Most contractors and owners know that once a lien is filed against title, the only way that it can be removed from title (in the absence of an agreement between the parties) is for the owner or general contractor to post a bond or pay the full amount of the lien into Court or a solicitor’s trust account pending resolution of the dispute between the parties. What often comes as a surprise, is that it has long been the practice in British Columbia that to remove a lien from title, the paying party will have to post an additional 10 to 15% of the value of a lien as security for legal costs. This unanticipated extra expense which requires a party to post “security for costs” emerges from wording in the Builders Lien Act which, upon distribution of holdback funds, gives priority to the recovery of a party’s legal costs ahead of the principal debt claim. However, there is no wording in the Builders Lien Act which expressly requires a party to pay “security for costs”.
In commercial and civil litigation, a party in an action does not have the right to obtain an order for “security for costs”. Generally, it is it is difficult and rare for the Court to make an order that one party must pay security for costs. On a typical application for security for costs, the party seeking security has to establish that the party who ought to pay security would be unlikely to be able to pay the successful party’s costs at the end of the trial. Further, the Court must conclude that the claim has a reasonable chance of success. These stringent guidelines in the commercial and civil litigation context makes the automatic allowance for “security for costs” in the builders lien setting a somewhat remarkable practice. In the builders lien context, the Courts tend to skip over these factors and award security as a matter of course when a party seeks to discharge a lien from title.
The recent decision of the British Columbia Supreme Court in Tylon Steepe Homes Ltd. v. Pont, considers the long standing practice of requiring a party to post security for costs in additional to the amount of the lien in order to remove the lien from title. The Court noted that while there are many cases which order a party to pay security for costs, there appeared to be little legal justification for the order. The Court concluded that requiring a party to post security for costs created additional substantive legal rights for the lien claimant; rights which were not the intended purpose of the Builders Lien Act. The Builders Lien Act permits a lien to be filed only in respect of “the price of the work and material, to the extent that the price remains unpaid”. Posting security for a lien in order to discharge it from title is meant to substitute the cash (or the bond) for the charge on title. Therefore, to require a party to pay an additional amount for “security for costs” arguably enhances the limited nature of the lien right.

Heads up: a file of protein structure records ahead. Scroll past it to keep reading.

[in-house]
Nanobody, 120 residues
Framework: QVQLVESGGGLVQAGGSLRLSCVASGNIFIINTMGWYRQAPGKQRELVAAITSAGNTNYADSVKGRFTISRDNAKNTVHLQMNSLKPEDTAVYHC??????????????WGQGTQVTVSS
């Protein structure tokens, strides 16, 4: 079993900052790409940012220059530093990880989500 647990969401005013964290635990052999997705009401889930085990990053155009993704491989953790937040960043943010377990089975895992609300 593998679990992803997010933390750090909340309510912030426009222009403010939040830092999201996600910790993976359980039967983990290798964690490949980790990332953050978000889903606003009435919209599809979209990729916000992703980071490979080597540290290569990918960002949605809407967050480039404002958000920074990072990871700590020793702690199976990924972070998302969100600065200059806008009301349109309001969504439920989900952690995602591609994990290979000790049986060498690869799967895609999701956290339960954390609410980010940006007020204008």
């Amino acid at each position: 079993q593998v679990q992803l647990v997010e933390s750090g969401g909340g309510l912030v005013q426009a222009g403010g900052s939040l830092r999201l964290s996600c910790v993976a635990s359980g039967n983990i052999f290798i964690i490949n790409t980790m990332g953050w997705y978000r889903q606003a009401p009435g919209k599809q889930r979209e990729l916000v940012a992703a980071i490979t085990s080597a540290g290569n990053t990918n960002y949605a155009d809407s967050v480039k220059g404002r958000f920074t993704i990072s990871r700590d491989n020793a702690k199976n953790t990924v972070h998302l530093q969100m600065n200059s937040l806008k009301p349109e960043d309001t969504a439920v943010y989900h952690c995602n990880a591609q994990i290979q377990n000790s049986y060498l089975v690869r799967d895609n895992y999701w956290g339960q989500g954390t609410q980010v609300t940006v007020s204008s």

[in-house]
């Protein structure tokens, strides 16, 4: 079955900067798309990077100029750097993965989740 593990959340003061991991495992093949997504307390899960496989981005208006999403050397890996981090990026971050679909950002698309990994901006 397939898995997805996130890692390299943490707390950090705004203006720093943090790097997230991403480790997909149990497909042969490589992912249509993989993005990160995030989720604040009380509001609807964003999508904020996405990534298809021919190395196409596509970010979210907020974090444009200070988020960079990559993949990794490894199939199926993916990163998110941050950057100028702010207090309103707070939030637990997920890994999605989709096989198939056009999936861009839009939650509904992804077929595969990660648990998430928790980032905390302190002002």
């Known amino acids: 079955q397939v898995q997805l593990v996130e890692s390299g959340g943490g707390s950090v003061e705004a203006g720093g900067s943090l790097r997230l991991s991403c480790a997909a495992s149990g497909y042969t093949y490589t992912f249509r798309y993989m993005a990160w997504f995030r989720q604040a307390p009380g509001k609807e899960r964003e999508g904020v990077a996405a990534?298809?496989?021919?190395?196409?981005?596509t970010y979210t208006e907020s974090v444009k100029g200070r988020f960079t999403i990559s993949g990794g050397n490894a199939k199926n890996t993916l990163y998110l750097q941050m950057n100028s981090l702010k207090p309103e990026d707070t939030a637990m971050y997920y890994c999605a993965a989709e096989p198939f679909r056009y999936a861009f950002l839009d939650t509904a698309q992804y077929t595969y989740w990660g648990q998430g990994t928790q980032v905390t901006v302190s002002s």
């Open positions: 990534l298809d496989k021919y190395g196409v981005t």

Because liens are such powerful tools for lien claimants to invoke, the Courts must be cautious about expanding a lien claimant’s rights without express language. Ontario, Saskatchewan, Manitoba and Alberta all have builders lien legislation which contains language that expressly permits the Court to add an amount for security for costs. In the absence of that language in the British Columbia Builders Lien Act, the Court concluded that it is inappropriate to order a party to pay “security for costs” in addition to the amount required to secure the lien.
The contractor in Tylon Steepe Homes Ltd. v. Pont sought permission to appeal the Supreme Court’s conclusion on security for costs, however, the Court of Appeal concluded that it was not an appropriate case for an appeal. Although the Court of Appeal did not consider the merits of the lower Court’s decision, it stated that the judge gave “comprehensive reasons which security for costs should not be included in the amount of security posted to discharge the lien” and that it was unlikely that the Court of Appeal would overturn the Court’s decision in this matter.
The result is that for the time being in British Columbia, and until the Court of Appeal addresses the issue (or until the lien legislation is amended), the costs associated with removing a lien from title have decreased in that a party will no longer have to post security in addition to the amount of the lien.
Originally published in Construction Business magazine.